Conclusion Public Spheres Transnationalized: Comparisons Within and Beyond Muslim Majority Societies

  • Cecelia Lynch
Part of the Culture and Religion in International Relations book series (CRIR)


In this chapter, I explore the implications of the findings in this volume for the globalized academic discourse on the concepts of public sphere and civil society. I first summarize and analyze a number of the rich empirical and theoretical insights generated in the volume. These insights point to both differences and similarities in Muslim majority societies, and confirm the necessity of understanding context and contingency in drawing conclusions about Islam and the public sphere. I then examine the stakes involved in distinguishing the concepts of “public sphere” and “civil society” (while privileging the former), as is done by LeVine and Salvatore in chapter 1, versus considering them as inseparably related components (conceptually and substantively) of the task of breaking down the secularist/modernist assumptions so ingrained in international relations and democratic theory. In so doing, I discuss how the empirical and conceptual contributions in this volume relate to understandings of public spheres and civil societies elsewhere in the world. Finally, I look at the relationship between the notions of “common sense” and “common good” as articulated by Salvatore and LeVine and the theological discourse on “casuistry” (i.e., the process of ethical reasoning that pays close “attention to the specific details of particular moral cases and circumstances”: Jonsen and Toulmin 1988: 2). What do these bodies of work tell us about the necessity of examining the casuistic interstices of daily practices, tradition, and common good, for understanding the constitutive character of religious ethics in the world?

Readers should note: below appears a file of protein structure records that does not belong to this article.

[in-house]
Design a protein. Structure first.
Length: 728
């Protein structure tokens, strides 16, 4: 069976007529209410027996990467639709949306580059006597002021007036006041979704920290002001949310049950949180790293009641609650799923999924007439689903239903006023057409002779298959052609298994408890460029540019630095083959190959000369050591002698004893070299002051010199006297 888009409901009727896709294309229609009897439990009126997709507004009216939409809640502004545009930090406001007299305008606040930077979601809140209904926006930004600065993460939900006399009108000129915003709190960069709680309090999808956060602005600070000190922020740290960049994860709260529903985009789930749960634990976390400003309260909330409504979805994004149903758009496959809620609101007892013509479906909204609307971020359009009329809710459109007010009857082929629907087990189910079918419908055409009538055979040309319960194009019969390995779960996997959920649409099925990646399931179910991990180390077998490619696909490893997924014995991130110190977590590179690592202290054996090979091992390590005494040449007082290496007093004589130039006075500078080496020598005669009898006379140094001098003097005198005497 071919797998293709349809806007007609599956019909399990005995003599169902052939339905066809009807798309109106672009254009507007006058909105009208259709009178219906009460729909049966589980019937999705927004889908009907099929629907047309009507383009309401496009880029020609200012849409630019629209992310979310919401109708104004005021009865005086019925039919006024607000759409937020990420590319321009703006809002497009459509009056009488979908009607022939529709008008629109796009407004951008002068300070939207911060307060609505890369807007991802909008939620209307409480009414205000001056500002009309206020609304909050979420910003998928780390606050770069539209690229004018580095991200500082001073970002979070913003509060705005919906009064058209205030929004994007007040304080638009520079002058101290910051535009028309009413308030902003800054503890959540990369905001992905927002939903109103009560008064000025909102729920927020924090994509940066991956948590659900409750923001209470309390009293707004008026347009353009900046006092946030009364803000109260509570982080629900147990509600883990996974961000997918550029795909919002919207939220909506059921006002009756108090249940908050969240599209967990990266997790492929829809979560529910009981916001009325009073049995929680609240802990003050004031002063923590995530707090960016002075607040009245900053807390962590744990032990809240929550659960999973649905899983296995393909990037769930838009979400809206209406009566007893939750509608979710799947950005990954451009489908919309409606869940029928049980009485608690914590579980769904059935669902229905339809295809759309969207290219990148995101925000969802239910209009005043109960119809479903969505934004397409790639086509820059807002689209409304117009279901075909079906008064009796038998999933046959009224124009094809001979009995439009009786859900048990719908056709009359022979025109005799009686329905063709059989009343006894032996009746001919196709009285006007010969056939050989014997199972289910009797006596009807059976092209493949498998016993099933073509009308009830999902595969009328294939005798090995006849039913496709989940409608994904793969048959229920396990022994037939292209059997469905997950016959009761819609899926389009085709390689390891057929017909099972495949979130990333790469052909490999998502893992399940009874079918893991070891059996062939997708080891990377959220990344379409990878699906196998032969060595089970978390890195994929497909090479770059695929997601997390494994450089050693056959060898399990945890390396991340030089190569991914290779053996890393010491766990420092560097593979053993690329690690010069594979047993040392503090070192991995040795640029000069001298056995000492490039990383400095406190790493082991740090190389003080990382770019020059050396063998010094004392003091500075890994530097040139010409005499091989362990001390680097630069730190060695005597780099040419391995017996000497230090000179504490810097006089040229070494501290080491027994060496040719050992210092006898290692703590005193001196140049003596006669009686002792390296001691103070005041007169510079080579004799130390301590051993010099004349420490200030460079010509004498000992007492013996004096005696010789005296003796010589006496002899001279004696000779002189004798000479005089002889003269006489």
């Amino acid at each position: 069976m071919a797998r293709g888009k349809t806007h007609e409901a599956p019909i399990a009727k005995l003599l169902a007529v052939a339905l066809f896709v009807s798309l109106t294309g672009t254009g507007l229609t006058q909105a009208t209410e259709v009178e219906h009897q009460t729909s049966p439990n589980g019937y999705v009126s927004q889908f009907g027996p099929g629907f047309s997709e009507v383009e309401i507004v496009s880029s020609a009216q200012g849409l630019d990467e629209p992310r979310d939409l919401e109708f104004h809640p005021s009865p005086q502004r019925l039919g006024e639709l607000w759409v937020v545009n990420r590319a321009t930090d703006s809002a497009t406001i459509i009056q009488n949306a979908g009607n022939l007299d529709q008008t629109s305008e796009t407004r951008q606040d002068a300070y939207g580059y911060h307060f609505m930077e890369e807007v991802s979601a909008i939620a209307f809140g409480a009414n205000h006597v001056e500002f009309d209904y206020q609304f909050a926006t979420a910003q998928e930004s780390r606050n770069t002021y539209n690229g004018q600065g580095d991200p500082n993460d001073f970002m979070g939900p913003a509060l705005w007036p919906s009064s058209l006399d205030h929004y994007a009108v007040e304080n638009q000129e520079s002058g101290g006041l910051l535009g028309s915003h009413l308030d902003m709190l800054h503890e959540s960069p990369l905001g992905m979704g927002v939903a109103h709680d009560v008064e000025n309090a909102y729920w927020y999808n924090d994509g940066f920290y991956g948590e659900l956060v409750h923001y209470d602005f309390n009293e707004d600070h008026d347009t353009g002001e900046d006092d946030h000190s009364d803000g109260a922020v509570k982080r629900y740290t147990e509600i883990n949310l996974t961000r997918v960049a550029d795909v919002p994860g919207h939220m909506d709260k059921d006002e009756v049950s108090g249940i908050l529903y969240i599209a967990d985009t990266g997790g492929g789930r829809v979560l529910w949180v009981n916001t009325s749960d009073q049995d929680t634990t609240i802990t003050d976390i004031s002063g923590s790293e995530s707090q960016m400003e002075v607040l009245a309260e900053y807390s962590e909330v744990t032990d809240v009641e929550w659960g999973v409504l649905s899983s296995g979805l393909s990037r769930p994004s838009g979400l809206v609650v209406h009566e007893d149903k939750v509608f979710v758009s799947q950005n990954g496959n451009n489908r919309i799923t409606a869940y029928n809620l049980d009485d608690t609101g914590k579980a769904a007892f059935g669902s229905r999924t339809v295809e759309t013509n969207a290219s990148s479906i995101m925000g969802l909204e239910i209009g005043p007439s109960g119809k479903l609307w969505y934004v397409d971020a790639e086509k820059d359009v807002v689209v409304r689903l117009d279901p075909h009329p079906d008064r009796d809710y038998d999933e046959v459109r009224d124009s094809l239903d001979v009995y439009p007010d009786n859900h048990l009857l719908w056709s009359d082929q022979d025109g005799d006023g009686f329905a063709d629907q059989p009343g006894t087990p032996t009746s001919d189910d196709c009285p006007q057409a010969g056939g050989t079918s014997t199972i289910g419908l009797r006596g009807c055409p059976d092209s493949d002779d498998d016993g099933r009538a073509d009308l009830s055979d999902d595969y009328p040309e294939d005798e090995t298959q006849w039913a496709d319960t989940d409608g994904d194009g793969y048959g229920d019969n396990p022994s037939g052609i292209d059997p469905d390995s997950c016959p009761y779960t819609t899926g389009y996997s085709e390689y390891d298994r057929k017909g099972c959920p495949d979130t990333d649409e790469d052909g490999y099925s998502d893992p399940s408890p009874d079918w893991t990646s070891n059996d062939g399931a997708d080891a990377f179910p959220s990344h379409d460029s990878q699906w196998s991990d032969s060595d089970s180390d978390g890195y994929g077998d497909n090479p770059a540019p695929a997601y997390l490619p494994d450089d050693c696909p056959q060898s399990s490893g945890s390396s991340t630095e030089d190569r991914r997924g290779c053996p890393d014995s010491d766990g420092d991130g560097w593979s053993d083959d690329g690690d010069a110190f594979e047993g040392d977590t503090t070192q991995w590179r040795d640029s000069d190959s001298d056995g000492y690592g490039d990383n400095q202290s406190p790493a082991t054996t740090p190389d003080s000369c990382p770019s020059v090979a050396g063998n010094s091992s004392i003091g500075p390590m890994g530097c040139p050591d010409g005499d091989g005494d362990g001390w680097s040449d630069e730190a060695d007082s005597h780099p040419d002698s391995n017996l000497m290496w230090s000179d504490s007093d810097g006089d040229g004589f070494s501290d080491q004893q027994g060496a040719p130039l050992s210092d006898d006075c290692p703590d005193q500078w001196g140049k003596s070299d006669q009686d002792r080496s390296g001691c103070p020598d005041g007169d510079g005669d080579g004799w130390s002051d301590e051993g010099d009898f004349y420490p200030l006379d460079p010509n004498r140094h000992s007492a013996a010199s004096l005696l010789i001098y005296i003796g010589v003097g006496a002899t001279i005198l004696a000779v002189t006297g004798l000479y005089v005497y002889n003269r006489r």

Civil Society Moral Reasoning Public Sphere Common Good Suicide Bombing 
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© Armando Salvatore and Mark LeVine 2005

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  • Cecelia Lynch

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